The purpose of this test is to evaluate the correct operation of an inductive camshaft sensor based on the output voltage and frequency with the engine at idle speed.
Technicians should whenever possible gain access to the test circuit without damage to seals and insulation. If this is not possible then make sure appropriate repairs are completed.
General connection advice.
PicoScope offer a range of options within the test kits.
Dependent on difficulty of access, choose from,
Testing sensors and actuators
(in order to include the relevant harness and connectors).
One complete sinewave is produced each time a tooth on the camshaft trigger wheel passes across the permanent magnet inside the sensor. In this example you will see x2 sine waves, however this is the same trigger passing the sensor twice, 720° camshaft rotation.
The induced AC voltage is quite low at just over 1 V, which is normal at idle speed.
This sensor can also be referred to as the Cylinder Identification (CID) sensor. It is essentially a magnetic pick up sensor. The function of which is to provide the ECM with a signal to identify the rotational position of the engine.
The data is used for a number of engine functions.
It is unlikely that a faulty sensor will prevent engine start but it may cause starting difficulties such as extended cranking. It will register a Diagnostic Trouble Code (DTC), with the possibility of the engine indicator lamp coming on.
List of Camshaft Sensor related generic DTC's.
P0010 A camshaft position actuator circuit (bank 1)
P0011 A camshaft position - timing over advanced or system performance (Bank 1)
P0012 A camshaft position - timing over retarded (Bank 1)
P0013 B camshaft position - actuator circuit (Bank 1)
P0014 B camshaft position - timing over advanced or system performance (Bank 1)
P0015 B camshaft position - timing over retarded (Bank 1)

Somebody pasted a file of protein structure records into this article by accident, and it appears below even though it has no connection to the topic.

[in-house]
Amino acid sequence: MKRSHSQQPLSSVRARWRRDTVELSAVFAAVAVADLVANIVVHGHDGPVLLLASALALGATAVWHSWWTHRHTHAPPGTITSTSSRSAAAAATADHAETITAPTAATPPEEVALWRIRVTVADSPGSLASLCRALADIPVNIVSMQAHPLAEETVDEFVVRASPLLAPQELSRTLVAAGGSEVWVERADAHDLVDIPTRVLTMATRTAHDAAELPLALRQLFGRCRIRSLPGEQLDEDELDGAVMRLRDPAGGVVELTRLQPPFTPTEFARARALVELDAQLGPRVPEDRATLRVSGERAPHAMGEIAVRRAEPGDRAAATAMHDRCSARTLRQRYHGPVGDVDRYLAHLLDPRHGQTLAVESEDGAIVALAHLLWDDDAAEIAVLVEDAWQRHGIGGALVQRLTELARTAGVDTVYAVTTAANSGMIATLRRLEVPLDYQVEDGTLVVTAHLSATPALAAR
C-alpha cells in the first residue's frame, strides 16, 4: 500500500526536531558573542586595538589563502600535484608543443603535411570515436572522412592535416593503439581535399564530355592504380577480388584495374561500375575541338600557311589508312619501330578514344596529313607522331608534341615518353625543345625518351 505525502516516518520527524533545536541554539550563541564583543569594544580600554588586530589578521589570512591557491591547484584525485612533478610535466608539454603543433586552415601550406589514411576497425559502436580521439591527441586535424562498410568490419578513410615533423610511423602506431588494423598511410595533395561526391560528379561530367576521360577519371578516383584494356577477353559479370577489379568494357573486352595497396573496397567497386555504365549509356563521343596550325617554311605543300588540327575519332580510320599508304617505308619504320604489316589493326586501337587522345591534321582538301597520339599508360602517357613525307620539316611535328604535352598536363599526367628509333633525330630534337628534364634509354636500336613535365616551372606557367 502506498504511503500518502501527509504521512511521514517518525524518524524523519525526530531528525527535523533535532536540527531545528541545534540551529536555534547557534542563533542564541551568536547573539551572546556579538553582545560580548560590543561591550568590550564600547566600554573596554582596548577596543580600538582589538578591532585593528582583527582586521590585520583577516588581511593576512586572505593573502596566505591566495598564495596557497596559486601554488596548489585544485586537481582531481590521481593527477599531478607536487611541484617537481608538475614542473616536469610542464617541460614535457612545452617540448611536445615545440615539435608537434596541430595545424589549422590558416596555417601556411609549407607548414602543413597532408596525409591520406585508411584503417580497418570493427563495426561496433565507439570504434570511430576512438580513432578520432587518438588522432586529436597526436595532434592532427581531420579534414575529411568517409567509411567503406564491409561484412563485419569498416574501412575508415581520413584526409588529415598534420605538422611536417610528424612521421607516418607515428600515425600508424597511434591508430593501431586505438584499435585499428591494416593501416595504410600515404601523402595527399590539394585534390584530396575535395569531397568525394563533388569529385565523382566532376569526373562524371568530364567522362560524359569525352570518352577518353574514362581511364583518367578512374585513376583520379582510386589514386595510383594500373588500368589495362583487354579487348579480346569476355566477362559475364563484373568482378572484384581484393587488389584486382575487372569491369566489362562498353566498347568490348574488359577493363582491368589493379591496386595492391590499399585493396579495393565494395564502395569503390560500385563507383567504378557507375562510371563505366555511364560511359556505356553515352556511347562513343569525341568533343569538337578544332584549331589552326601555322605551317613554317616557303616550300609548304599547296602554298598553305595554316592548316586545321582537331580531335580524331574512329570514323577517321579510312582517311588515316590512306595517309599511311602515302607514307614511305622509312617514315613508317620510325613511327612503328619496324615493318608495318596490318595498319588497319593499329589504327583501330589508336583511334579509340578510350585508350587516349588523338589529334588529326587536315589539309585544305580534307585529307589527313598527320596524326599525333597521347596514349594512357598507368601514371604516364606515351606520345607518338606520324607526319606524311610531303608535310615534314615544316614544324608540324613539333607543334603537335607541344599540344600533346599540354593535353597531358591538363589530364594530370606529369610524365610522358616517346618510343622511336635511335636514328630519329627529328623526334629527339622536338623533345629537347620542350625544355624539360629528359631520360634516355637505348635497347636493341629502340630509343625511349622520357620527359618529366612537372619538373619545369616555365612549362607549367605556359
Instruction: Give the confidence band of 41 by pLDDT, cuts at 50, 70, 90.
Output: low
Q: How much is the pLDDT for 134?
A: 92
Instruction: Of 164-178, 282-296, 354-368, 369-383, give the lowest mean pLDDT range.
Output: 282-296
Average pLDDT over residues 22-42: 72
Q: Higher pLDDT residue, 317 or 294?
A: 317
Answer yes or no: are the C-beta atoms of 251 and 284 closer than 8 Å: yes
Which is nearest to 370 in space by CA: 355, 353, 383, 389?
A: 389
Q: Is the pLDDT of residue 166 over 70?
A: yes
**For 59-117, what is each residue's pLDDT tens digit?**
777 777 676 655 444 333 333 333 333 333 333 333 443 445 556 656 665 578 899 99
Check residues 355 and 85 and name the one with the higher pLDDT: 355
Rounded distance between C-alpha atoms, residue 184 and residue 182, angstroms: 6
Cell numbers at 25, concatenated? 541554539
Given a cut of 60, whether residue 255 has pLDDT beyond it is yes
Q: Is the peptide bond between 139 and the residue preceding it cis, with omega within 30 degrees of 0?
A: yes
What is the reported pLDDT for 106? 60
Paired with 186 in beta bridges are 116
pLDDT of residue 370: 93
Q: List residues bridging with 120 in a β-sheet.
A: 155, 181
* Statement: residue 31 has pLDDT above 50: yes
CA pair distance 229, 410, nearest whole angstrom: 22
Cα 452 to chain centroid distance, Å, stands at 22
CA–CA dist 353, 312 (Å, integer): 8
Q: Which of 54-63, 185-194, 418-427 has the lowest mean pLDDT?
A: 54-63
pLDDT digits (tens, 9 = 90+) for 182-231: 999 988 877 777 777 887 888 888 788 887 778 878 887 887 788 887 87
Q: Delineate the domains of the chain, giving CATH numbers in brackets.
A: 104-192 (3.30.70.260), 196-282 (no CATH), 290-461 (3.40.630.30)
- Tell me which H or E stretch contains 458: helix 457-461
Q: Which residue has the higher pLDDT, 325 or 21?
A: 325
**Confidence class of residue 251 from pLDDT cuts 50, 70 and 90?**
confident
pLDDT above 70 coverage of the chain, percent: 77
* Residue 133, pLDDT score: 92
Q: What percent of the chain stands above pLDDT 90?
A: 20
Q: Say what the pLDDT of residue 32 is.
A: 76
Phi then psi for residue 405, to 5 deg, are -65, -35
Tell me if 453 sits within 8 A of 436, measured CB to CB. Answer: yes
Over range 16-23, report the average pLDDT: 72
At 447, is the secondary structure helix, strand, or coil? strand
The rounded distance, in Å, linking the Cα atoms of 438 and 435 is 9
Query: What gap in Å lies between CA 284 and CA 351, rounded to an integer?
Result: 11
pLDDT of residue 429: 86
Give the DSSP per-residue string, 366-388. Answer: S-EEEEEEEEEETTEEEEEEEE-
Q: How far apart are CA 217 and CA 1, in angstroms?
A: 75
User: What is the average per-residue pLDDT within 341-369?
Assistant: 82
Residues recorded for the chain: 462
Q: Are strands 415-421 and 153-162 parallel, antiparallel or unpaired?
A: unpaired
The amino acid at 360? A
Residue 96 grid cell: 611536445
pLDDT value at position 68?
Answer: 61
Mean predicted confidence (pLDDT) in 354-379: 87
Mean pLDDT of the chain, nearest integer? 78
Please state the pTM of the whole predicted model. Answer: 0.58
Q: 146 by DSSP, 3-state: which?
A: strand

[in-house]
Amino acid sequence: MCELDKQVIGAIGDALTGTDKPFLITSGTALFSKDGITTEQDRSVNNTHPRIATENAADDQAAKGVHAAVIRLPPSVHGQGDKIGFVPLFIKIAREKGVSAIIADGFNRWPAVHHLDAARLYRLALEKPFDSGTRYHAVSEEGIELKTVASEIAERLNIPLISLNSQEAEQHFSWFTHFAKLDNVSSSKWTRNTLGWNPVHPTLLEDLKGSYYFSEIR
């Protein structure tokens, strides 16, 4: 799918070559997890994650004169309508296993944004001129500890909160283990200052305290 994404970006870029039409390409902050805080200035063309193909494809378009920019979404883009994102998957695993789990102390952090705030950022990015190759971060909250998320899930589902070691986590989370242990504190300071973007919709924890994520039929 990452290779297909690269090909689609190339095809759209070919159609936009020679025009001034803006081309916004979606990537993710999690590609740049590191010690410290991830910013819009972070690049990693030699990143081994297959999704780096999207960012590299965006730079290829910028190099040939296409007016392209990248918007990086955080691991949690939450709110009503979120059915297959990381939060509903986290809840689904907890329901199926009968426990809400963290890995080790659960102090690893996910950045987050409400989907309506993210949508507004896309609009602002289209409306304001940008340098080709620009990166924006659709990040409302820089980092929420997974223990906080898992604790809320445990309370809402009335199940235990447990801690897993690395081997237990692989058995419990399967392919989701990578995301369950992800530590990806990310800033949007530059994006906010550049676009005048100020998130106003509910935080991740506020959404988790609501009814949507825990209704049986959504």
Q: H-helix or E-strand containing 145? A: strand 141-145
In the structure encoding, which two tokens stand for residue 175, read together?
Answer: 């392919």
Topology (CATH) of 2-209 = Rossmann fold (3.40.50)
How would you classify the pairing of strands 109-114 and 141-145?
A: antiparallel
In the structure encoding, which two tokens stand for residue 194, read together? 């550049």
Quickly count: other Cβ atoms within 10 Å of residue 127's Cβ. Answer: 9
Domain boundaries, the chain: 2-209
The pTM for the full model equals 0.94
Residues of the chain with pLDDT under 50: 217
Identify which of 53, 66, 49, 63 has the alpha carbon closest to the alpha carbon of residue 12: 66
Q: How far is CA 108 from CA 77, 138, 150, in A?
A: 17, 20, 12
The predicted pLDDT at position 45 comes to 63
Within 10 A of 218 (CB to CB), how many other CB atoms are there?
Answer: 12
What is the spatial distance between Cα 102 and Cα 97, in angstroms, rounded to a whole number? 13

P0016 - Crankshaft position Camshaft Position Correlation Bank 1 Sensor A
P0020 A camshaft position actuator circuit (Bank 2)
P0021 A camshaft position - timing over-advanced or system performance (Bank 2)
P0022 A camshaft position - timing over retarded (Bank 2)
P0023 B camshaft position - actuator circuit (Bank 2)
P0024 B camshaft position - timing over advanced or system performance (Bank 2)
P0025 B camshaft position - timing over retarded (Bank 2)
A faulty camshaft position sensor can also cause the engine to go into emergency mode.
The causes of failure can be mechanical as well as any physical circuit damage. Being a permanent magnet, the sensor will pick up any metal debris, although this is more likely at the crankshaft sensor due to its location.
The signal generated is quite weak and some sensors use cable shielding to prevent electrical noise interference. The air gap between sensor and signal wheel is also critical for good operation.
This help topic is subject to changes without notification. The information within is carefully checked and considered to be correct. This information is an example of our investigations and findings and is not a definitive procedure. Pico Technology accepts no responsibility for inaccuracies. Each vehicle may be different and require unique test settings.
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